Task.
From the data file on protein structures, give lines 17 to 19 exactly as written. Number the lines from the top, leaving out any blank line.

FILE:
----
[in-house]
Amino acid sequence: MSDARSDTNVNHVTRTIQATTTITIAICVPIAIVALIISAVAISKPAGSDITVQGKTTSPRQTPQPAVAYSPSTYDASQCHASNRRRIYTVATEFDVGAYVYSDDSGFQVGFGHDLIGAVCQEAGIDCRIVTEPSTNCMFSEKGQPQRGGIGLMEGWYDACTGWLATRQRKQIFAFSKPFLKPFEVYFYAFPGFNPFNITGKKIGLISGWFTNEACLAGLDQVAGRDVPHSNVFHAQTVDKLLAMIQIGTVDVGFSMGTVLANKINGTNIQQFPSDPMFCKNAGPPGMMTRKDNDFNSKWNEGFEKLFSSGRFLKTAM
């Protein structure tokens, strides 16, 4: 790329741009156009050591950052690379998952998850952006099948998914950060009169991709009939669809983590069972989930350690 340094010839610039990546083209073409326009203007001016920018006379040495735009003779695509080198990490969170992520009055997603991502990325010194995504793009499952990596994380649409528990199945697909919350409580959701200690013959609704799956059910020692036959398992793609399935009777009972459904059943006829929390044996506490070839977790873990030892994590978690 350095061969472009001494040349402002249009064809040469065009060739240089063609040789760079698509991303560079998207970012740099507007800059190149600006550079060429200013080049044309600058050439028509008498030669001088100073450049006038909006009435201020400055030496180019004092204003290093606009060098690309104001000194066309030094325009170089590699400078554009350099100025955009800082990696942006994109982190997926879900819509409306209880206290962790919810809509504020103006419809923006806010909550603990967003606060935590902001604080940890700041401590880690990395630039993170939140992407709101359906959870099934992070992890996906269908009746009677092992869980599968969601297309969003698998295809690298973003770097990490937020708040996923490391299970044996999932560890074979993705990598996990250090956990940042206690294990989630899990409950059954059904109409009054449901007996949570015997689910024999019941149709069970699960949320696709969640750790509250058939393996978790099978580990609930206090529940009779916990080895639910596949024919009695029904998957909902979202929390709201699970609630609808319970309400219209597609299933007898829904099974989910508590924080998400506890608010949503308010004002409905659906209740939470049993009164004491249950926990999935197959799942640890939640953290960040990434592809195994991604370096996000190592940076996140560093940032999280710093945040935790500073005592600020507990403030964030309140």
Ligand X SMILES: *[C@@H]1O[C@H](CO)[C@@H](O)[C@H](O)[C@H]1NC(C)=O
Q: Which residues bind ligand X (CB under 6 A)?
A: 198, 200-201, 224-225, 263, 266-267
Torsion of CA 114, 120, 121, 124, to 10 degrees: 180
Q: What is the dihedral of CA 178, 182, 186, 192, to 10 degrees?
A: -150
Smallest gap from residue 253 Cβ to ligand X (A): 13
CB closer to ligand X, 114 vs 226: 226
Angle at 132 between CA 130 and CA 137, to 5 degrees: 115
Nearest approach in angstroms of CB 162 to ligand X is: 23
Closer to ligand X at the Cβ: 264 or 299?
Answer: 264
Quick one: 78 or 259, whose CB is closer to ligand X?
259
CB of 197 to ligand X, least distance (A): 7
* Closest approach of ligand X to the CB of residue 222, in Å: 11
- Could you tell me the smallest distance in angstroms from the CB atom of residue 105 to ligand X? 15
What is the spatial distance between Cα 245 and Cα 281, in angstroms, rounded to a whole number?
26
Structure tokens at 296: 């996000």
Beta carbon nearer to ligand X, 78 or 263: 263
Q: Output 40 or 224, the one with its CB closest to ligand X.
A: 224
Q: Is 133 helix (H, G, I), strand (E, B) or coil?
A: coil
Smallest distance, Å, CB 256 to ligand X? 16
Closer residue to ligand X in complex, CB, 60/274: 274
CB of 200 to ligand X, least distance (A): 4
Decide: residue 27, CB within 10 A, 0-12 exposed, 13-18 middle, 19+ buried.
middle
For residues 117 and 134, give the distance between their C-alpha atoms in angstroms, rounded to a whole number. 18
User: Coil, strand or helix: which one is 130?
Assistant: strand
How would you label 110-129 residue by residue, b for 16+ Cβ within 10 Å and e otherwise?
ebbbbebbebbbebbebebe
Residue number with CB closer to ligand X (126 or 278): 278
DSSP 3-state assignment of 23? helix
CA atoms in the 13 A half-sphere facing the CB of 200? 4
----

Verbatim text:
259
CB of 197 to ligand X, least distance (A): 7
* Closest approach of ligand X to the CB of residue 222, in Å: 11